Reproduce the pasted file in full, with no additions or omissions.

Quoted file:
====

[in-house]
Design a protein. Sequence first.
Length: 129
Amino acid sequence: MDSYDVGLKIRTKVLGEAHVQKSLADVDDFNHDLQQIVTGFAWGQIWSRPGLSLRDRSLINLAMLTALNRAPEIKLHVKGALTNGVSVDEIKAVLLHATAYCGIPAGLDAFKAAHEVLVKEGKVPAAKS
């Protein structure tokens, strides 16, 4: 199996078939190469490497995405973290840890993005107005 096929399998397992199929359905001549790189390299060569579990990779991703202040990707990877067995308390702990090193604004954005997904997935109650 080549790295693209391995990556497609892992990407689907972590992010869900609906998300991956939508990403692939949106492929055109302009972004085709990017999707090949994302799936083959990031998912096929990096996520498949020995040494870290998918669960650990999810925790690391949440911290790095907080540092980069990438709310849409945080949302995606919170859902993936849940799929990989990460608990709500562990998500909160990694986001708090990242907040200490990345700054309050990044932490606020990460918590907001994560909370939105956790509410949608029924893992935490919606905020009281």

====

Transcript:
[in-house]
Design a protein. Sequence first.
Length: 129
Amino acid sequence: MDSYDVGLKIRTKVLGEAHVQKSLADVDDFNHDLQQIVTGFAWGQIWSRPGLSLRDRSLINLAMLTALNRAPEIKLHVKGALTNGVSVDEIKAVLLHATAYCGIPAGLDAFKAAHEVLVKEGKVPAAKS
């Protein structure tokens, strides 16, 4: 199996078939190469490497995405973290840890993005107005 096929399998397992199929359905001549790189390299060569579990990779991703202040990707990877067995308390702990090193604004954005997904997935109650 080549790295693209391995990556497609892992990407689907972590992010869900609906998300991956939508990403692939949106492929055109302009972004085709990017999707090949994302799936083959990031998912096929990096996520498949020995040494870290998918669960650990999810925790690391949440911290790095907080540092980069990438709310849409945080949302995606919170859902993936849940799929990989990460608990709500562990998500909160990694986001708090990242907040200490990345700054309050990044932490606020990460918590907001994560909370939105956790509410949608029924893992935490919606905020009281």